Adopt an Animal - News

Animal Tourism In Asia Results In Elephants Being Kept In Cruel Conditions

WWF Helps Break Up Major Ivory Trafficking Network

Animal welfare group World Animal Protection says that Asia’s tourism industry makes use of hundreds of elephants that are kept in extremely cruel conditions. Scrutiny of animal tourism in Asia has been stepped up over the last few years particularly in light of the scandal in Thailand at a tiger attraction where wildlife authorities discovered dozens of dead tiger cubs.

Poor living conditions for domesticated elephants

World Animal Protection says that 80 per cent of the 3,000 elephants at tourist venues are located in countries such as India, Cambodia, Nepal, Laos, Thailand and Sri Lanka suffer and from extremely poor living conditions and diets. The poor animals are also over worked. In Thailand alone, it is estimated that there are 4,000 domesticated elephants many of which work in the tourism industry. There are a further 2,500 wild elephants in the country as well.

Changing the attitudes of tourists

Jan Schmidt-Burbach, a wildlife expert at World Animal Protection says the organisation wants to change the demand by tourists to experience an elephant ride or take in an elephant show. Instead the organisation wants tourists to gravitate towards more elephant friendly activities such as simply observing the animals. In an interview with Reuters, Mr Schmidt-Burbach says if you have the ability to ride an elephant or take a selfie with one, it is highly likely that is cruel to the animal.

Tourist attractions reject the accusation of cruelty

Thailand is experiencing record numbers of foreign tourists, and since 2010 there has been an increase of 30 per cent in the number of elephant tourism venues. Ittipan Khaolamai, manager of the Royal Elephant Kraal in Ayutthaya province, which servers as home to about 90 elephants defends the use of elephants as tourist attractions. He says that caretakers treat their animals well adding that in general most mahouts look after the animals because their livelihoods depend on their welfare.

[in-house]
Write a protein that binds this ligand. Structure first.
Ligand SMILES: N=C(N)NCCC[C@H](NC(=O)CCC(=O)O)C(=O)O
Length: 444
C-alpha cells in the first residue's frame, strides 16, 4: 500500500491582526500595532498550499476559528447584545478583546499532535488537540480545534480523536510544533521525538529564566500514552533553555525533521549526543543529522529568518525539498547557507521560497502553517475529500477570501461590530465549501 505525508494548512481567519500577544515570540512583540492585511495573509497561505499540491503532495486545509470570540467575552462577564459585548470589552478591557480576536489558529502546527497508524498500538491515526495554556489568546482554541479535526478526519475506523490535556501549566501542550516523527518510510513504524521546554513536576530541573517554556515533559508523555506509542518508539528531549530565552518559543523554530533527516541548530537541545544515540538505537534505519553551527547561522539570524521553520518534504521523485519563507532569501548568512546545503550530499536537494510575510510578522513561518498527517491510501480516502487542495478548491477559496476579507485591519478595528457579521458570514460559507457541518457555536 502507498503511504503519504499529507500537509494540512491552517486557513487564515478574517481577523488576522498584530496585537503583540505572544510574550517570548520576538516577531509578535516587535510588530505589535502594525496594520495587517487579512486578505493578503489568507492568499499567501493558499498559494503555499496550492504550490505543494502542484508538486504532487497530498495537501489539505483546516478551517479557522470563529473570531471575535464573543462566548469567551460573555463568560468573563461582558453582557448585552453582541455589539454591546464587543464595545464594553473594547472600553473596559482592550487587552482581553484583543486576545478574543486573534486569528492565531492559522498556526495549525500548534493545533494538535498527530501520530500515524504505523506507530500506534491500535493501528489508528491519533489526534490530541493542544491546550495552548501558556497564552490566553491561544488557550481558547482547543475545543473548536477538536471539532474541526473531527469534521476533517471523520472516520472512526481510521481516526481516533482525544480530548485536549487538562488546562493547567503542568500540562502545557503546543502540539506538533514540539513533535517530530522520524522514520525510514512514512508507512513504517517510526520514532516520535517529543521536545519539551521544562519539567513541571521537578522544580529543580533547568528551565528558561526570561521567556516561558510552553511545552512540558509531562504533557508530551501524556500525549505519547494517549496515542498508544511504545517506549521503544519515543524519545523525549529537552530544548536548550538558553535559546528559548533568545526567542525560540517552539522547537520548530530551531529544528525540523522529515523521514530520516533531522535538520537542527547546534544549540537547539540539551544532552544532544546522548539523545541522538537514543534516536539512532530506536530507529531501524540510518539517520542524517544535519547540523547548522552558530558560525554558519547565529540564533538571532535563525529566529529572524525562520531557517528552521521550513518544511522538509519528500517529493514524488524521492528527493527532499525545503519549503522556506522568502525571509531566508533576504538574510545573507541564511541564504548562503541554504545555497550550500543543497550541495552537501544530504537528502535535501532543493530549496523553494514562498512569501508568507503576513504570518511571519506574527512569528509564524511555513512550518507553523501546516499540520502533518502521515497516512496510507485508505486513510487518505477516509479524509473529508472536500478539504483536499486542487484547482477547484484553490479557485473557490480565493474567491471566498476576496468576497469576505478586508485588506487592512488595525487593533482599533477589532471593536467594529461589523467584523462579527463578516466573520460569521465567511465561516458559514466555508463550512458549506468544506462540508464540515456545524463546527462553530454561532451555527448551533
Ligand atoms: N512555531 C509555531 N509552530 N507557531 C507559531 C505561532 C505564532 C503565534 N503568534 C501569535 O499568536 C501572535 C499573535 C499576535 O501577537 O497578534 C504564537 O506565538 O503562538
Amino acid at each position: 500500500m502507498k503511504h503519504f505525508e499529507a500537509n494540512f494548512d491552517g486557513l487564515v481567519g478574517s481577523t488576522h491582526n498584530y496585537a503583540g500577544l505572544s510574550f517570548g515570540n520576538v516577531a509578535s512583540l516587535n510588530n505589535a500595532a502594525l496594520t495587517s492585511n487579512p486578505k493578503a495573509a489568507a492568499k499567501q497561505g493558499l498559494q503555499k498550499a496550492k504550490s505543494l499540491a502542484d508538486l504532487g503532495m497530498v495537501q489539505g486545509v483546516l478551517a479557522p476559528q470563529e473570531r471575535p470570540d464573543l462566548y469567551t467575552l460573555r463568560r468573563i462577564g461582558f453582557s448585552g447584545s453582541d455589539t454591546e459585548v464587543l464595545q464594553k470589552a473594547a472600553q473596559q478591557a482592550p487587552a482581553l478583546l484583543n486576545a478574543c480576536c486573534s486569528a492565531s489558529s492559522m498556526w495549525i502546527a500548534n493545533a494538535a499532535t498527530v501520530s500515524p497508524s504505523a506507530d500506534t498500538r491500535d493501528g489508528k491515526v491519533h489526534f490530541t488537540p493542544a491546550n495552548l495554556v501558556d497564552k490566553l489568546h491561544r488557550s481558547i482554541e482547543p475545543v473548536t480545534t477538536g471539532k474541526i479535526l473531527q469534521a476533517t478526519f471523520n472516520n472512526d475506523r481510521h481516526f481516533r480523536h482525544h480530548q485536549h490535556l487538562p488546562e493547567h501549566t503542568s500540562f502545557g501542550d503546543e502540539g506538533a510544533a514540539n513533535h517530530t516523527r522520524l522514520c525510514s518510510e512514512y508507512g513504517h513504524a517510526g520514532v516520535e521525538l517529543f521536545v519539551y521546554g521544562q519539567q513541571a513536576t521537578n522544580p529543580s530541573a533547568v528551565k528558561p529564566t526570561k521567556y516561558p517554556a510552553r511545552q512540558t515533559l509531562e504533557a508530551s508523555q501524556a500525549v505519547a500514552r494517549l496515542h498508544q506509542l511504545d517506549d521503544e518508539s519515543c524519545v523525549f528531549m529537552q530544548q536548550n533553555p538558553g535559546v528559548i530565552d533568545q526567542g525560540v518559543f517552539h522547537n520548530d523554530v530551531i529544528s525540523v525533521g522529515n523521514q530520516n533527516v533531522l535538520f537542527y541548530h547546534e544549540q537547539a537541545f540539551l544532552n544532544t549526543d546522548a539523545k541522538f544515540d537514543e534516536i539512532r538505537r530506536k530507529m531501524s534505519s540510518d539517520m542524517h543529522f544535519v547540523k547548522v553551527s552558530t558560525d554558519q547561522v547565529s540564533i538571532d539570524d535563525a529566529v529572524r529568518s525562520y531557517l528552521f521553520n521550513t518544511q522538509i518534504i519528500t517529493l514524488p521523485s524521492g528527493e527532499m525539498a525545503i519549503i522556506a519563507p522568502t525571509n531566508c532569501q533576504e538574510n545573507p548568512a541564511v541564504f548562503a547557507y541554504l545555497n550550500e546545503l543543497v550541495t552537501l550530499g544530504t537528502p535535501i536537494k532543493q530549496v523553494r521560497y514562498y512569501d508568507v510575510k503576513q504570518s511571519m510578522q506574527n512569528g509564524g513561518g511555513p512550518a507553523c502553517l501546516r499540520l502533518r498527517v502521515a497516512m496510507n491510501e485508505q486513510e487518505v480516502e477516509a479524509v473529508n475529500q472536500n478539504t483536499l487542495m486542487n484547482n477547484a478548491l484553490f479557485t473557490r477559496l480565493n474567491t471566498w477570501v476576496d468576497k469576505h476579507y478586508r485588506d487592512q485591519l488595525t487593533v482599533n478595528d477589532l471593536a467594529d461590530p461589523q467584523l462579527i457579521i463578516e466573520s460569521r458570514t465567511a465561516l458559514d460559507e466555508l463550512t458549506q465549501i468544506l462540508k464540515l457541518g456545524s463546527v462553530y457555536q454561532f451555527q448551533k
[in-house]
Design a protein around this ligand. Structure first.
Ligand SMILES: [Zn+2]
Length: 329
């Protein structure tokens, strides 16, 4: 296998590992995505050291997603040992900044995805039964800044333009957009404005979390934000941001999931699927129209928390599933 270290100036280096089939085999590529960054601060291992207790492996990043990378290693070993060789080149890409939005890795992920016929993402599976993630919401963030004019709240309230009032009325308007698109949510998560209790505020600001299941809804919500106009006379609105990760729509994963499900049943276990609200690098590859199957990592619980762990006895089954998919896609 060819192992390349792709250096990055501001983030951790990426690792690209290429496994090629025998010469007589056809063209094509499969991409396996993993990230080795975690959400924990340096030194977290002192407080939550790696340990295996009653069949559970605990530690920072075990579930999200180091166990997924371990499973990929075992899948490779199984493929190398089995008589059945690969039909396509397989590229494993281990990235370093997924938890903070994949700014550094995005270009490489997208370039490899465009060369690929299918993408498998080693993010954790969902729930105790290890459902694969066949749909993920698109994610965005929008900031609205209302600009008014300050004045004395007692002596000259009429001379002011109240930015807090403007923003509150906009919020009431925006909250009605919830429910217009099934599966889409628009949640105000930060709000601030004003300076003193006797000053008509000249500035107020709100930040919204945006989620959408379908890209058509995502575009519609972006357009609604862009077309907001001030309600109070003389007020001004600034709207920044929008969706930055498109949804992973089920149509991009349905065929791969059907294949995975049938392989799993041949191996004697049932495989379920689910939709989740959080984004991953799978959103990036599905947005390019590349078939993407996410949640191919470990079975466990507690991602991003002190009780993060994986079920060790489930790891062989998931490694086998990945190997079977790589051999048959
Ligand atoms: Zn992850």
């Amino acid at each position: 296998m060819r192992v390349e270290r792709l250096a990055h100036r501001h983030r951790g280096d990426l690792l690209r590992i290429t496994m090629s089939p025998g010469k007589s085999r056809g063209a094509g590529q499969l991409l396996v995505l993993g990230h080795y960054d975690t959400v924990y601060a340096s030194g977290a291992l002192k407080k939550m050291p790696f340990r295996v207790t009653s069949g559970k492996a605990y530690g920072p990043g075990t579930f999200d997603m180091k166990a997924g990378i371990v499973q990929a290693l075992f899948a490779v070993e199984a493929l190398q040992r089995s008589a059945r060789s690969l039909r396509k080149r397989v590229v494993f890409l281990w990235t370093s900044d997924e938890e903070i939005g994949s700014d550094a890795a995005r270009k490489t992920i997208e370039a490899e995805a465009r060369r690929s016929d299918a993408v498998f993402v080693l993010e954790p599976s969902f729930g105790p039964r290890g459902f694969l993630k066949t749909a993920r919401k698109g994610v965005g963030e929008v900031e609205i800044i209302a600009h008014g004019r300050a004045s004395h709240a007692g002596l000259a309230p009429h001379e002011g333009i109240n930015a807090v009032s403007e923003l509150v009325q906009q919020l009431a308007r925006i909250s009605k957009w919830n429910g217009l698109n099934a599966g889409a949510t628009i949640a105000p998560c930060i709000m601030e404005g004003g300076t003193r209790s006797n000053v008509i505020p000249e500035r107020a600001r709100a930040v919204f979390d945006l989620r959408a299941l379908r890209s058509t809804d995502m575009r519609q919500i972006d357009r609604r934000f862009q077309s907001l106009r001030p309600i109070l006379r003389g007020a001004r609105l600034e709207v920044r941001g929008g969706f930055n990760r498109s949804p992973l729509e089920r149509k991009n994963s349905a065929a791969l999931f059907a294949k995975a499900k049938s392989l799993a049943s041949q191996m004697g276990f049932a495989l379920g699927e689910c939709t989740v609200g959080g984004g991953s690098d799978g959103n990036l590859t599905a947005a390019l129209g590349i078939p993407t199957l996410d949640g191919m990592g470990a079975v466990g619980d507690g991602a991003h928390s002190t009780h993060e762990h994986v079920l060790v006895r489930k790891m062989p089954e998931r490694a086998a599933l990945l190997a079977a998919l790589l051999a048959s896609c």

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New Zealand’s Iconic Yellow-Eyed Penguin Is On The Brink Of Extinction

Penguins Only Have Bitter And Salty Taste Receptors

The yellow-eyed penguin is one of the most endangered penguin species on the planet, so it is deeply concerning that nearly half of its breeding population has disappeared in one part of New Zealand. Many conservationists believe the reason for the disappearance is commercial fishing. This species of penguin lives on the South Island of New Zealand and some sub Antarctic islands. Presently there are between 3,200 to 3,600 wild yellow-eyed penguins, down from 7,000 in 2000.

Alarming discovery

New Zealand’s department of conservation recently surveyed the island sanctuary of Whenua Hou and were alarmed when they discovered that nearly half the island’s breeding population of the penguin species had simply vanished. Elsewhere around the country, the species population is at the lowest level in 27 years. Kevin Hague, a noted conservationist says that the island used to be free of predators, so the evidence suggests that the birds are being caught in the nets of commercial fishing trawlers and subsequently drown. Only 3 per cent of commercial trawlers fishing in the region have observers onboard to report bycatch deaths.

Commercial fishing is probably to blame

According to Mr Hague, in previous years, the reason for population declines were disease and high temperatures causing death on land. This year he believes that most deaths take place out at sea. He adds that there is an active set net fishery operating within the penguins’ sanctuary in Whenua Hou and the indicators suggest that nearly half of the population of this island has been caught by one of these nets and drowned.

Heading towards extinction

Last year there were 24 recorded nests on Whenua Hou. This year the conservationists could only find 14. Whenua Hou is not the only island in New Zealand where numbers have fallen. There have been population declines in other parts of the South Island as well. Researchers rather unsurprisingly are worried that this iconic species of penguin for New Zealanders, whose image appears on the NZ$5 note is heading towards extinction. Every effort is being made by conservation groups to save the species, but there are multiple threats ranging from fishing nets, dogs, disease and climate change.